Feb 2016 Advocate: Faculty give back to the community
COMMUNITY CONNECTIONS SURVEY
“I wanted to help someone in my hometown”
by Katharine Harer, AFT 1493 Co-Vice President & SCI Organizer
Who works for no money and no large displays of recognition? How is it possible to take time out of our crazy-busy schedules — often chewed up by long commutes, pulled in a dozen directions by family obligations, the needs of our students, piles of paperwork and endless meetings — to help others? And when do we do the laundry?
When SCI organizers Katharine Harer and Michelle Kern designed the Community Connections Survey and sent it out to faculty members last fall to see who among us is doing this selfless work, we weren’t surprised – we expected that some of us were doing volunteer work – but we were gratified, even moved, by the depth of involvement. We received responses from a mix of faculty members–full and part time, spread among all three colleges. Here are some of their stories.
The title of this piece comes from Skyline piano instructor, Julia Hansen (in photo, below left), when she was
asked what drew her to tutor English through the Reads Program in the Half Moon Bay Library. Here’s what Julia told us about helping someone in her hometown: “Last year, Theresa, who speaks beautiful Spanish, went from limited English to becoming ready for an ESL class — but she can’t take one yet as she works full time as a housekeeper at a Half Moon Bay hotel. I also helped her 8 year old with math and taught Theresa how to do flash cards with her daughter and showed her books to read with her.” When I asked Julia how she finds time to devote to volunteering, this was her response: “It is so joyful to see a student get better week by week, and it has given me an insight into the Latino community here.” So joy trumps busyness!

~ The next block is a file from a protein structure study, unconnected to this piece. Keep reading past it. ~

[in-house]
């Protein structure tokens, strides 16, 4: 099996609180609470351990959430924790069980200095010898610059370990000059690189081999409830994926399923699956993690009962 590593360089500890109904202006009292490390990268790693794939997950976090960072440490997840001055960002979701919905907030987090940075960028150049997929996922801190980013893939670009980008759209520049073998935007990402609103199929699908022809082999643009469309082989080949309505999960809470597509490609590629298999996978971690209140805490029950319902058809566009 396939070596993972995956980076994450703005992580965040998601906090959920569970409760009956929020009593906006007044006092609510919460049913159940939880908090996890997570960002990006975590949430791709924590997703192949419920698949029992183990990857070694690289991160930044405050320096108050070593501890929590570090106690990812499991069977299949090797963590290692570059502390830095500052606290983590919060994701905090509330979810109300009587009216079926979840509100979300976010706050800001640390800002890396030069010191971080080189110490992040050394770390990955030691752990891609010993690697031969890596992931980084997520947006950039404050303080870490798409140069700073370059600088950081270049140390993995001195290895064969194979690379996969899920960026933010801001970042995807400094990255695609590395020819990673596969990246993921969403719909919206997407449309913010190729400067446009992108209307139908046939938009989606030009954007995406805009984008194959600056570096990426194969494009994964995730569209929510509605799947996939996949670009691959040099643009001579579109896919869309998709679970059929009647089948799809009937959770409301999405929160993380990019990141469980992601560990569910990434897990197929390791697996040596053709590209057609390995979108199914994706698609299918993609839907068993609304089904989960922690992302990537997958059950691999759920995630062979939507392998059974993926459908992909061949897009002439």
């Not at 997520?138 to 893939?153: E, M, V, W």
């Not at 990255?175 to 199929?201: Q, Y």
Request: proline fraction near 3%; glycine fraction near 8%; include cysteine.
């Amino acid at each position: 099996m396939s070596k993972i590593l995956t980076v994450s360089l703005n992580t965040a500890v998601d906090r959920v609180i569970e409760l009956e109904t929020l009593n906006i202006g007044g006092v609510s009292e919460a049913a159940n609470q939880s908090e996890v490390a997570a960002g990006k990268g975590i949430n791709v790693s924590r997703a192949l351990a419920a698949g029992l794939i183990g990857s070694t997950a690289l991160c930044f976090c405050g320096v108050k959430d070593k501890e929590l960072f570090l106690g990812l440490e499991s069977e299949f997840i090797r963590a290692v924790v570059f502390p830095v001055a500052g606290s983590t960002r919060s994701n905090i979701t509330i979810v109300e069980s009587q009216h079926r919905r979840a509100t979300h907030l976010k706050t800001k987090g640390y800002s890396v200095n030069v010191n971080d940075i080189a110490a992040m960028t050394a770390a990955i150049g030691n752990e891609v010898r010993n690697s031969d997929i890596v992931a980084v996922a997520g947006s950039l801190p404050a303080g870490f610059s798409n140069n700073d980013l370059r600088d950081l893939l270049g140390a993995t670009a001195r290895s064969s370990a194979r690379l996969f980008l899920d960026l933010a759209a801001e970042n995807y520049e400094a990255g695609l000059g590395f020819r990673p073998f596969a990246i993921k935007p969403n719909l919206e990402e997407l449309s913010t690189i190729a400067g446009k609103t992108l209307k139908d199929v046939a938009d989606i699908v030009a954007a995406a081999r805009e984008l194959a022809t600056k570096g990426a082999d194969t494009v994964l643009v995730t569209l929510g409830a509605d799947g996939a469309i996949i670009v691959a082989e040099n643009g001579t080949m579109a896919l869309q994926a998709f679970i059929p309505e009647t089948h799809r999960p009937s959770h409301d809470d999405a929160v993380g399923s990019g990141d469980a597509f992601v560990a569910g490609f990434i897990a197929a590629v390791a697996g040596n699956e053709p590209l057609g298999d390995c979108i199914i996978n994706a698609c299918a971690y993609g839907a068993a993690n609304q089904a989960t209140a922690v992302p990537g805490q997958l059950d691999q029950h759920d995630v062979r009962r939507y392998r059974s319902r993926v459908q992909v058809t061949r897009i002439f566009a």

Another music teacher, Lindsey Huff Breitschaedel (in photo, below left), responded to our survey — a coincidence? Does playing music make you nicer? Lindsey teaches piano at Cañada and gives her time to an organization in San Jose called Supporting Mamas. “I went through a huge struggle after my son’s birth because I was suffering from a postpartum mood disorder, but I didn’t have any resources to find help or support. When a mom I work with tells me she also struggles as I did, I’m able to give her an outlet and a way to connect. Most moms feel that they have to pretend they are okay. Their relief at being able to share gives me such a thrill that I get goose bumps. For me, it makes the whole struggle and recovery from my depression and anxiety worthwhile.”
I asked Lindsey how she finds time in her life to volunteer – she teaches, she’s a mom; she must have a few other things filling her life and her to-do lists. She said, “When life gets crazy and I’m under a lot of pressure from other obligations, I’m motivated by the stories of recovery and the memory of how overwhelming it can be to find help when one is in the thick of things. My stress pales in comparison with what these moms and their families are going through.”